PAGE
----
ISLAMABAD, July 29: Pakistan is expected to sign an agreement with Tajikistan, Kyrgyzstan and Afghanistan to import 1,000 megawatts of electricity from the two Central Asian states through Afghanistan.

Experts from the four nations will meet in Islamabad on July 31 to finalise a series of pacts under the inter-governmental agreement, to be signed by the energy ministers on Aug 4.

According to sources, the Central Asia-South Asia (Casa) project is being facilitated and sponsored by a consortium of international lenders, comprising the World Bank, Asian Development Bank and Islamic Development Bank, for development of electricity sources in Tajikistan and Kyrgyzstan for export to Pakistan and Afghanistan.

The inter-governmental agreement will cover a host of contracts relating to commercial, legal, financial, power purchase and transmission arrangements. The project will ensure a supply of 5.5 billion units of electricity per year to Pakistan from Sangtuda, Rogun, Talimardjan and Kambarata hydropower stations at 3.3-4.7 cents per unit.

The hydropower projects are under construction and will take two to four years to generate electricity.

The electricity will be delivered to Peshawar through a 650-700km extra-high voltage transmission line.

Pakistan will bear the cost of all the line losses in the transmission system. Two routes have been identified for the project.

One route will run through Afghanistan’s Kunduz province, Salang Pass and Jalalabad before reaching Peshawar and will cost 4.4 cents per unit. The transmission line through this route will stretch 170km in Tajikistan, 430km in Afghanistan and 50km in Pakistan. The World Bank supports this route.

Pakistan supports a route via Wakhan and Chitral whose length is estimated at 700km and its per unit cost in Peshawar is estimated at 4.9 to 5 cents. The line will run 360km in Tajikistan, 30km in Afghanistan (Wakhan) and 310km in Pakistan.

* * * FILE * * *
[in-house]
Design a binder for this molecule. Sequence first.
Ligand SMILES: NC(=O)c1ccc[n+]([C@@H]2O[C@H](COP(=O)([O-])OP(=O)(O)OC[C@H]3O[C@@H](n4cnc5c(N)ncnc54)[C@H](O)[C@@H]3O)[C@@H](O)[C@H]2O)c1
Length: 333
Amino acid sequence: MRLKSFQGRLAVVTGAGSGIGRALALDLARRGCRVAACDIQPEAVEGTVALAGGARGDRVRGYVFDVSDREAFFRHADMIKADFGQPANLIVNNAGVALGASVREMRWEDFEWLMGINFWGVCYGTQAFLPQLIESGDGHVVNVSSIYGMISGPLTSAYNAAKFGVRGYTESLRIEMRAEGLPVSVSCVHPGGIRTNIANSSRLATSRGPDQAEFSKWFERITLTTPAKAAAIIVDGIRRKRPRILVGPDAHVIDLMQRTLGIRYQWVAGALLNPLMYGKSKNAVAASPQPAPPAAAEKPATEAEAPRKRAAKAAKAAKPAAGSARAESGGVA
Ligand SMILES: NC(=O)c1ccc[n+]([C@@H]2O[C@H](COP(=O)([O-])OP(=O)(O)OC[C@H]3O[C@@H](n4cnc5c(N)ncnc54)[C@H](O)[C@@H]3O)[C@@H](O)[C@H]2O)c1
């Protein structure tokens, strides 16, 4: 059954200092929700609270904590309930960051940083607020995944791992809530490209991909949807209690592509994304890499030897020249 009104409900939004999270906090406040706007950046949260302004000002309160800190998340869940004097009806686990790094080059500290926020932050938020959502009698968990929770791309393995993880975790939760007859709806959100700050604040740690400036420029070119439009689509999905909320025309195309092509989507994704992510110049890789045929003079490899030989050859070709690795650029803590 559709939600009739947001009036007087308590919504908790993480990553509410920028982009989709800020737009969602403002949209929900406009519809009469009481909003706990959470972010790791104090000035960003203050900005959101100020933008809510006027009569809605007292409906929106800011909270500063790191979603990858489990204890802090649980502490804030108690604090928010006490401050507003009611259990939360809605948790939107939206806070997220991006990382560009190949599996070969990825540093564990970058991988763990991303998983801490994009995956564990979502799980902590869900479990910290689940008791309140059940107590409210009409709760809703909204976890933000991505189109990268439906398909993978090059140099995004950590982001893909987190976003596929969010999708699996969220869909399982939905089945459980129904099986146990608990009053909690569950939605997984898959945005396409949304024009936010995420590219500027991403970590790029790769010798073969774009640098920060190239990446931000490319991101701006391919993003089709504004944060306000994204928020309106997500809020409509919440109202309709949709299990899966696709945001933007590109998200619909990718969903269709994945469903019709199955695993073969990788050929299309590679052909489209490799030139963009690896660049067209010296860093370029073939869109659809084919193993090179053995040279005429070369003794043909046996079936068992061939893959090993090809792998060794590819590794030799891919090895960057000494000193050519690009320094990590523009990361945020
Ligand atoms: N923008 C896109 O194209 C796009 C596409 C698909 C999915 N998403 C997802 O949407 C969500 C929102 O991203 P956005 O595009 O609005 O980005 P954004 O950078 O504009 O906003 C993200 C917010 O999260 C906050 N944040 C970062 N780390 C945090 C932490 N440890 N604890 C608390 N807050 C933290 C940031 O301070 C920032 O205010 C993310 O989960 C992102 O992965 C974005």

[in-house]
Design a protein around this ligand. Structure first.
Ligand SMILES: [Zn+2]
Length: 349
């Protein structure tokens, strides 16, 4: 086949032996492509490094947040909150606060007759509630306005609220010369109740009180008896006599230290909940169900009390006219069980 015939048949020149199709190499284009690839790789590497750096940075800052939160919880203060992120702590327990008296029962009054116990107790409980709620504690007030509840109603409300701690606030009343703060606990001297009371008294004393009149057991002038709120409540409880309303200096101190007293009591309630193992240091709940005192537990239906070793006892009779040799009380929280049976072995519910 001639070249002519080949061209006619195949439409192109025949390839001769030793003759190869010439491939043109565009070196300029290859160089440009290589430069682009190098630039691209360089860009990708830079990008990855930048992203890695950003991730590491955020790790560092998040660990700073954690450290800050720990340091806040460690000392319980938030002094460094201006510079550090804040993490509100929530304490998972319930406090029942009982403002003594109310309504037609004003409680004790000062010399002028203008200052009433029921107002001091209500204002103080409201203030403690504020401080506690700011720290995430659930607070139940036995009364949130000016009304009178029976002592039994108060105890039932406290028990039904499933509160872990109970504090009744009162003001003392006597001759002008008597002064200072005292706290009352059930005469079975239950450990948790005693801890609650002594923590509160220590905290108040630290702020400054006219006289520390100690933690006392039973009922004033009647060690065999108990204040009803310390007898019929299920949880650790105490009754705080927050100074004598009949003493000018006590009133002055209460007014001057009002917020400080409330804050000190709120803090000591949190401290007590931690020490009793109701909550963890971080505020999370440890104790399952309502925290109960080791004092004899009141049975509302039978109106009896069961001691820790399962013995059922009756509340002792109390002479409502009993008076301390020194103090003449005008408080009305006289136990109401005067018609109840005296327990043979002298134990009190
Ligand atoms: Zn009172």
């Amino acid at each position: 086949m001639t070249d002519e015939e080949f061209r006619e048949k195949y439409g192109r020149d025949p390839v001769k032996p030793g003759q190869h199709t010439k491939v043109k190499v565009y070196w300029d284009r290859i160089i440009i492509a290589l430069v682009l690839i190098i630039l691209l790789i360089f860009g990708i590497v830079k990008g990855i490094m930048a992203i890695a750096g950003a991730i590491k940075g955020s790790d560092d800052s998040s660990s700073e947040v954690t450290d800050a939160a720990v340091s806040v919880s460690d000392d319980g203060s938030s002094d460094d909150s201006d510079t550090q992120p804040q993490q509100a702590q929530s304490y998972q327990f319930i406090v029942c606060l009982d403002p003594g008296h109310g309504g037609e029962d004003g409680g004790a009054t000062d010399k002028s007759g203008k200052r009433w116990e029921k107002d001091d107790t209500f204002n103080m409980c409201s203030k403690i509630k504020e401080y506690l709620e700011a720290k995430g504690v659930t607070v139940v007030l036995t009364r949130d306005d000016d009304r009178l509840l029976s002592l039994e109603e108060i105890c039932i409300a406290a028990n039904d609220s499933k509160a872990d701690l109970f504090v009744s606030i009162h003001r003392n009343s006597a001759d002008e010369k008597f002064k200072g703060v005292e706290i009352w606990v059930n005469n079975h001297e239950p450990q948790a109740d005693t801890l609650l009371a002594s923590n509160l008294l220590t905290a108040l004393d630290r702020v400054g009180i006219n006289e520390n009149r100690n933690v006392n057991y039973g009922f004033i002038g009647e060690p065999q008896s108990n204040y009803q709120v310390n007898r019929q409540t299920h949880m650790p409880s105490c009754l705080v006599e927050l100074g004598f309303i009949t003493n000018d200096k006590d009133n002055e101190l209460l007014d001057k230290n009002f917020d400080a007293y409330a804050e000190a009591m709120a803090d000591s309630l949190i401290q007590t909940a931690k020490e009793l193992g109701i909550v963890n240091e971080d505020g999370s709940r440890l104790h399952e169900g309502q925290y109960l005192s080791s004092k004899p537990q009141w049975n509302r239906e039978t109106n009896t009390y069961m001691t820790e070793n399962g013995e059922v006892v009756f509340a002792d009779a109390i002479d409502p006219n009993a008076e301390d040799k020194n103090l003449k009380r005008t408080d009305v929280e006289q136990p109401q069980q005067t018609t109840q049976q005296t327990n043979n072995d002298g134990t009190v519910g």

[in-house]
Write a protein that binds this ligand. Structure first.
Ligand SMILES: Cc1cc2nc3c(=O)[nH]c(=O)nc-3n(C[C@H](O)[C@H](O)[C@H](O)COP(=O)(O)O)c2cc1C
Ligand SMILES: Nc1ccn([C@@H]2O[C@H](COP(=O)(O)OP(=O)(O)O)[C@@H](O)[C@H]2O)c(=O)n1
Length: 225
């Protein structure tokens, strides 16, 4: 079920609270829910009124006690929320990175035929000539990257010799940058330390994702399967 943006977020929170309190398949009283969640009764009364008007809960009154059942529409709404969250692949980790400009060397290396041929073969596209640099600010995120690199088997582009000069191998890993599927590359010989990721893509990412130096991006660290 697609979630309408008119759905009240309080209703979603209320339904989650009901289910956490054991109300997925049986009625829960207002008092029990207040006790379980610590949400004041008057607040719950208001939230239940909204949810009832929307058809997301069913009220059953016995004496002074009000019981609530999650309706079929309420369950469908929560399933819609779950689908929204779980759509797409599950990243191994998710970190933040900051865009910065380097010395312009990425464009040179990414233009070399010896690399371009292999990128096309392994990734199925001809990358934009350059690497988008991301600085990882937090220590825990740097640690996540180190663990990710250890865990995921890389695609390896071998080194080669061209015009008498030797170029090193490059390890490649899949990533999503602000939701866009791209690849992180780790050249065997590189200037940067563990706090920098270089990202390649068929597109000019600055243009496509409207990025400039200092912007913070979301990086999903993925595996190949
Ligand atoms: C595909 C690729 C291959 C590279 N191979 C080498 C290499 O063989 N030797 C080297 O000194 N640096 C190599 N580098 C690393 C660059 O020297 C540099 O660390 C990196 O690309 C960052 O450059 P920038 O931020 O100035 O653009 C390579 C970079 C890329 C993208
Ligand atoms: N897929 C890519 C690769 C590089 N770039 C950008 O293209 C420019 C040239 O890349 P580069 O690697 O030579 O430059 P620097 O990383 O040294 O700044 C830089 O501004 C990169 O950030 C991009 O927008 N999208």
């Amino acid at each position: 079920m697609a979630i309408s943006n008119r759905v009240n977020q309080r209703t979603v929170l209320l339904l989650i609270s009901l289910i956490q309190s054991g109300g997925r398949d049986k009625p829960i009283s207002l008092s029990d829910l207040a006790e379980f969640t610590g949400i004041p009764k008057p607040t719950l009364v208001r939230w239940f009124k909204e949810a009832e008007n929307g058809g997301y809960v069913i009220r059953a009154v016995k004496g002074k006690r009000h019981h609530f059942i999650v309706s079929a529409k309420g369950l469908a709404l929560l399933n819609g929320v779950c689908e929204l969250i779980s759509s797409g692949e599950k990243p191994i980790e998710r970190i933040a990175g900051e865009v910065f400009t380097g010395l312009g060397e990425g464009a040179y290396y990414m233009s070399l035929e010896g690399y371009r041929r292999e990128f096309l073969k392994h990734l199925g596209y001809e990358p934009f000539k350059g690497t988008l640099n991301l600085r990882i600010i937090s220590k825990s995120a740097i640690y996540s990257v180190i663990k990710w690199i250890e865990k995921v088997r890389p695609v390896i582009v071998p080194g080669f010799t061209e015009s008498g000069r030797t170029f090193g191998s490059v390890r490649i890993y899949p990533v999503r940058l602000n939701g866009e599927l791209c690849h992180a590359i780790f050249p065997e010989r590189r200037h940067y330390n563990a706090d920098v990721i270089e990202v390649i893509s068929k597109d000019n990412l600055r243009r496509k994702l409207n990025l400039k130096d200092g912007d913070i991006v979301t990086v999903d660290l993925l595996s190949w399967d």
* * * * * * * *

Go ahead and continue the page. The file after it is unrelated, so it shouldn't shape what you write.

The sources said representatives of the four governments and the World Bank would decide about the route to be adopted during the discussions on July 31.

The World Bank has been trying to persuade Pakistan to import 4,000MW of cheap electricity from Central Asian states, besides working on domestic sources to overcome electricity shortage.

The bank estimates that Pakistan’s peak demand now exceeds 14,000MW and the present installed capacity of 19,500MW has become inadequate on account of wide variations in water availability. The demand is expected to exceed 20,000MW by 2010.

The World Bank says Pakistan should immediately start importing 1,000MW from Tajikistan and the Kyrgyz Republic and then increase imports to 4,000MW in the second phase.

According to the World Bank, the cost of supply from Sangtuda, Rogun, Talimardjan and Kambarata power stations will range between 2.26 cents and 3.75 cents per unit compared with the existing average generation cost in Pakistan of 5.6 cents.

Pakistan is entering into contracts with independent power producers for thermal power generation at a tariff as high as 18 cents per unit.

Another attractive feature of the imports, according to the bank, is that Pakistan’s peak demand occurs in summer when Central Asian power systems have large surplus from their hydroelectric generation stations.